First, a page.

Employees Are Affected
There may also be internal costs to a company failing to deal with the impact that unethical behavior may have on employees. When employees are faced with significant conflicts arising from differences between personal and corporate ethical value systems, they may be faced with a choice of living with this conflict or choosing to work elsewhere. Both of these choices can result in real costs to the employer. It has been suggested that when the employee chooses to stay with the company, these conflicts may have adverse effects on productivity through reduced quality of work performance, absenteeism, strained relationships, and low morale. Those who choose to resign also represent a cost since they are most likely to be individuals whose work performance may be superior and are therefore in the best position to be able to find work elsewhere.8 In either case, there is most likely an impact on the profitability of the company for failing to provide the employee with a positive outlet and response mechanism for these areas of conflict.
In addition, there may be future costs for the company if employees choose to detach themselves from the perceived "corporate unethical decision." This separation of personal ethics from the corporate ethics might result in a future action being taken by the employee with a lack of consideration of its ethical implication for the company. This "losing touch" with their personal value system is often cited by those found to be involved in illegal or unethical behavior. The institutional value system replaced their personal value system on the job and eventually impaired their ability to function in an ethical manner.
A Proactive Organizational Response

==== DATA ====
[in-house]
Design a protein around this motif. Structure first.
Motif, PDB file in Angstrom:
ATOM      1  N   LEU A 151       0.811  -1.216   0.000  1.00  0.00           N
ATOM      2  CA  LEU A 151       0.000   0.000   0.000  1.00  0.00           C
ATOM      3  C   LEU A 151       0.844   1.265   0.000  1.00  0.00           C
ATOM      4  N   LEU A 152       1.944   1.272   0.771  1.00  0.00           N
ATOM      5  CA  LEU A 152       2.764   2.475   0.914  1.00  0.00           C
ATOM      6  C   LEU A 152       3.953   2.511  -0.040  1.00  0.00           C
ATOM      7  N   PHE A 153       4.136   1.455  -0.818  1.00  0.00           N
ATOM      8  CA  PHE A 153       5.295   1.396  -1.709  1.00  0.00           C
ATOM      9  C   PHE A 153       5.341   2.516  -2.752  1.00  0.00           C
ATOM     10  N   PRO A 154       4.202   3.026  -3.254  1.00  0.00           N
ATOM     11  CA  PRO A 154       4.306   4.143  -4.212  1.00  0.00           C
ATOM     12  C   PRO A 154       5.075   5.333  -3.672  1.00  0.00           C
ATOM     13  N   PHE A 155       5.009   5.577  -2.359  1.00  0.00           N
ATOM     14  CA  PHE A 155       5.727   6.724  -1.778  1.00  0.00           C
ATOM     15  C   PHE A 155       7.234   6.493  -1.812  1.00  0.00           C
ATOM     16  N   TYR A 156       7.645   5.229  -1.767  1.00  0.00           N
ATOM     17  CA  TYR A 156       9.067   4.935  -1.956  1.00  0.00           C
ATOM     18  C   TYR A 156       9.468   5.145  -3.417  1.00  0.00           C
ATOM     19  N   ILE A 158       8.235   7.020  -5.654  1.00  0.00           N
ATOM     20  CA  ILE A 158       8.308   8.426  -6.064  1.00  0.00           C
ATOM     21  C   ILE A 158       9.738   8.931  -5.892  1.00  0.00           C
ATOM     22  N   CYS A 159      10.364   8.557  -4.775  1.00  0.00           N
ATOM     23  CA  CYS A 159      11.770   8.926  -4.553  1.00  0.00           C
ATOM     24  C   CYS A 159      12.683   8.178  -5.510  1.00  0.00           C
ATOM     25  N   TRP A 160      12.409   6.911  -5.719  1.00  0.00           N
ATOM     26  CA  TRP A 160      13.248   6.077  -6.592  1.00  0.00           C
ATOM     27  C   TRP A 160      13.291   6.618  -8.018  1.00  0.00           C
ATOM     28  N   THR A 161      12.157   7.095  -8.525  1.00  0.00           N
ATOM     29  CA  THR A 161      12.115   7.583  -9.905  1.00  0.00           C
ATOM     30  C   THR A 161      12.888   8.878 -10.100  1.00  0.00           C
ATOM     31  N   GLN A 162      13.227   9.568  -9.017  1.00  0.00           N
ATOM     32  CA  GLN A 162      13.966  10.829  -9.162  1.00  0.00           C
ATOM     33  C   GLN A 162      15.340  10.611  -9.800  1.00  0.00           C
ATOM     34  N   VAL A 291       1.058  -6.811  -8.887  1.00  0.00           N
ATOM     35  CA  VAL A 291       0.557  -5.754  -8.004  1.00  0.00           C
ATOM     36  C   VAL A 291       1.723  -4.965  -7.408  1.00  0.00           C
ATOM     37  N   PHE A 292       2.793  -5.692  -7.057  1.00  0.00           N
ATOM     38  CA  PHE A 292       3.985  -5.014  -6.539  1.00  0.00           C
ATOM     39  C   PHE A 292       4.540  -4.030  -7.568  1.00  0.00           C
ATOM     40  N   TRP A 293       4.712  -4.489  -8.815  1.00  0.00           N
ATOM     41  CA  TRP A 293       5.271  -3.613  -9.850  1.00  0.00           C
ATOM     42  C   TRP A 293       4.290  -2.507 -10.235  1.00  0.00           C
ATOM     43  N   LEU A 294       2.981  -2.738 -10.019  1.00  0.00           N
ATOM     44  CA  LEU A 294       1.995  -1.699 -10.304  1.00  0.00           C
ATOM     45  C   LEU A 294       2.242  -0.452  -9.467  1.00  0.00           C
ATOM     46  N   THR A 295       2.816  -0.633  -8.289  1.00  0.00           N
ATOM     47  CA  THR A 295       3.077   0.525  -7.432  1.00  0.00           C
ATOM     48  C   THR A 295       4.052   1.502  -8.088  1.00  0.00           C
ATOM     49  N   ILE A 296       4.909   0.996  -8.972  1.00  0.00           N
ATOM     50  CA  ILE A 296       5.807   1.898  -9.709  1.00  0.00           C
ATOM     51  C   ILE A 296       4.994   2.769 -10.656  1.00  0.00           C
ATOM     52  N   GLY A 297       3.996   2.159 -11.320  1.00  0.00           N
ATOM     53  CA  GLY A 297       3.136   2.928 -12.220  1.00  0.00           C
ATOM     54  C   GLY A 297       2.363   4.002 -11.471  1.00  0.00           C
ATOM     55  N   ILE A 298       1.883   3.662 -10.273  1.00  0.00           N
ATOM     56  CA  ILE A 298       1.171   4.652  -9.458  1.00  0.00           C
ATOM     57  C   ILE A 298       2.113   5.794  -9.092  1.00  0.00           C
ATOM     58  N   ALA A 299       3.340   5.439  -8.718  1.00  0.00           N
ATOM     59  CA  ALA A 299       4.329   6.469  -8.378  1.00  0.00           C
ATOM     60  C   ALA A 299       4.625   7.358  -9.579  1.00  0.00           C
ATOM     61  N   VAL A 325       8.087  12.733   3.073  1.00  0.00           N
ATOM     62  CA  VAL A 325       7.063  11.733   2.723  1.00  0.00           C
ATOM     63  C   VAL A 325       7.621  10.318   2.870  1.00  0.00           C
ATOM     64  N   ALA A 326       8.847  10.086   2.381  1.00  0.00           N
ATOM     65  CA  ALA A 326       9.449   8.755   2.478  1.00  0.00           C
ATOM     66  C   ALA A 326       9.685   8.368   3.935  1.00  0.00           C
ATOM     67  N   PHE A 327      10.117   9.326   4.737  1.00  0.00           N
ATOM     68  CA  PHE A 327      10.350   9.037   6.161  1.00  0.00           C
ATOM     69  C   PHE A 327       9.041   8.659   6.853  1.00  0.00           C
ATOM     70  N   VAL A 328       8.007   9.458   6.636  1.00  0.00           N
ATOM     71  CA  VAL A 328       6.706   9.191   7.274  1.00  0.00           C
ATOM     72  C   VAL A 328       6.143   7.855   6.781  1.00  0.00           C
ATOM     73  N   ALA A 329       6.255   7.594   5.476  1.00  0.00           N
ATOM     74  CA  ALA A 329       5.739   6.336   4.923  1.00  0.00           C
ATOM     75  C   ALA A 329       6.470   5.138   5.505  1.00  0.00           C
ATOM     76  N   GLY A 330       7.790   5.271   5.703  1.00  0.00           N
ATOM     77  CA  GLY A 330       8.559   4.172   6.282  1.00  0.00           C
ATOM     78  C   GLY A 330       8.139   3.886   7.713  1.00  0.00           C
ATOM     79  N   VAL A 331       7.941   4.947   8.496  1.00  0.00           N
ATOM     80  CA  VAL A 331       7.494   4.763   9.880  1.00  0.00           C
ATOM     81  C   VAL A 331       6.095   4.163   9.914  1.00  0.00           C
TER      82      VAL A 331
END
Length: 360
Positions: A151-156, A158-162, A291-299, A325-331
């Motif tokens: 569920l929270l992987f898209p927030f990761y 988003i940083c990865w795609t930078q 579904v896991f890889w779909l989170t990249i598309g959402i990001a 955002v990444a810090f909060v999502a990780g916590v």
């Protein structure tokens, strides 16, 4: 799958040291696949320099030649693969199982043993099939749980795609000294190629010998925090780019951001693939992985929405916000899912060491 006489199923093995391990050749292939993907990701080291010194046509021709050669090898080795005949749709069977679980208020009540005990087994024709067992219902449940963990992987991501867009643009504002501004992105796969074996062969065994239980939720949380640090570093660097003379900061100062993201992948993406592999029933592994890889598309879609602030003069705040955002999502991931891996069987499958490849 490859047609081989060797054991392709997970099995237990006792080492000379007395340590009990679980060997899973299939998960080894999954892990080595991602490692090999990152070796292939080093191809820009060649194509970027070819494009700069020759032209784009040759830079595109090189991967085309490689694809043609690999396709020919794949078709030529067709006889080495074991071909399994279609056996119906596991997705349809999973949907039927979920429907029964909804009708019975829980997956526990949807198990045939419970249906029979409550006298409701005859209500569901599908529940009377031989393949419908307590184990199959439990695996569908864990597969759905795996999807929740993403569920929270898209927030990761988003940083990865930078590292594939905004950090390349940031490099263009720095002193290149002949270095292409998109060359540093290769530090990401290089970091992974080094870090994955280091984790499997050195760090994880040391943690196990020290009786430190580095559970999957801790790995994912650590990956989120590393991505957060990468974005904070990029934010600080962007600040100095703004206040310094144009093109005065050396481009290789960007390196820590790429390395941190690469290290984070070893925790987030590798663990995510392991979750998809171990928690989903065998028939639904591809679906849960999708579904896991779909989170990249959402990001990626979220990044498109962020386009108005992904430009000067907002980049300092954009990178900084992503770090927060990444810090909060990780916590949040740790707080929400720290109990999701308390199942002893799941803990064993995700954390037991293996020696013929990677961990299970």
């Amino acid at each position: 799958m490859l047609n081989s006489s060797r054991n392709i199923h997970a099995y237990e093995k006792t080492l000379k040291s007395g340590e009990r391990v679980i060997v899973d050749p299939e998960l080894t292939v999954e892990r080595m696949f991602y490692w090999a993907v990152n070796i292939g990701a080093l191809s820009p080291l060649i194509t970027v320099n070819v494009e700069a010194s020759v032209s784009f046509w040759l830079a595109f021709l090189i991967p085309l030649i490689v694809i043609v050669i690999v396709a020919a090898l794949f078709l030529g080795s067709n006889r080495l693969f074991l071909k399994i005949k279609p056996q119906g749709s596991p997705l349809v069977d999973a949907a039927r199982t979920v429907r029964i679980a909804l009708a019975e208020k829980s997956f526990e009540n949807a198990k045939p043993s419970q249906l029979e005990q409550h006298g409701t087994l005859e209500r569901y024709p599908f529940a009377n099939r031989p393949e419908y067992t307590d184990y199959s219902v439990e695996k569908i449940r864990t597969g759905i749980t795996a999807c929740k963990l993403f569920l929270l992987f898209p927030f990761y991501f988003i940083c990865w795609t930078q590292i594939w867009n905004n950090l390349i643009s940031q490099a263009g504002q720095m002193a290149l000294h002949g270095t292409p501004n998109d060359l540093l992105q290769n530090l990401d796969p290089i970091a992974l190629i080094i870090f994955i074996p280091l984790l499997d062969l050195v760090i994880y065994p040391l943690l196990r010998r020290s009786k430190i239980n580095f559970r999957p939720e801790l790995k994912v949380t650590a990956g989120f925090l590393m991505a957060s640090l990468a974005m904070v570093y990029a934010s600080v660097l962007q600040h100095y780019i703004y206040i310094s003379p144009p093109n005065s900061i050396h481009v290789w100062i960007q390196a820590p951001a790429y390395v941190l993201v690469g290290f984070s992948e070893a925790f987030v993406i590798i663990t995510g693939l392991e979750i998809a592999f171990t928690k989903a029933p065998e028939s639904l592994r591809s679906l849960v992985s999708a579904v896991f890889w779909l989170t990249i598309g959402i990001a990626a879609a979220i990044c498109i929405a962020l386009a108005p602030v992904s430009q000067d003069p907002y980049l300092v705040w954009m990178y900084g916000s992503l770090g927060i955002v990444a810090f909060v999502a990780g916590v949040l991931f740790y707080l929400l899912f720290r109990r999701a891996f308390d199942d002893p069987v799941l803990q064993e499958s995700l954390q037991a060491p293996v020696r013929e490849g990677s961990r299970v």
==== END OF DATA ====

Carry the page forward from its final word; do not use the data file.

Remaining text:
As discussed, the Treadway Commission has noted that the "tone at the top" is the most critical factor affecting ethical behavior in corporations. It is imperative that the CPA in industry advocate and promote this proactive approach recommended by the Commission. This approach should be reflected in the organizational climate rather than the reactive mode often noted in the financial press.
Debate Will Continue
While the debate over what constitutes ethical behavior has, and will, wage on for years, the importance of addressing this issue within a company has been well established. Whether an organization chooses to respond to this concern strictly from a self-centered point of view, to reduce the threat of increased regulation or future litigation, or chooses to raise the issue to a higher, more altruistic goal, it appears that there are benefits to be gained both from an economic perspective and through the creation of a more healthy work environment. A common thread running through Peter's and Waterman's book, In Search of Excellence, is that companies who have achieved excellence have made a conscious attempt to pay attention to the needs of their employees and customers.9
Every Day Guidance
Just as companies adopt models for decision making in their approach to responsibility accounting or capital budgeting, it is imperative that they also provide a framework within which to evaluate the ethical implications of their decisions. This extends beyond the adoption of a corporate "code of ethics" to the implementation of a working model that can serve to provide guidance to employees in their every day handling of complex and ambiguous situations. Failure to adopt this working model can result in the creation of a "moral vacuum" that allows each of the employees to decide for themselves what will, or will not, constitute ethical behavior. While some have dismissed the entire process on the basis that ethics cannot be taught, others have decided that, at a minimum, it is critical to raise the ethical consciousness of those who work within the company.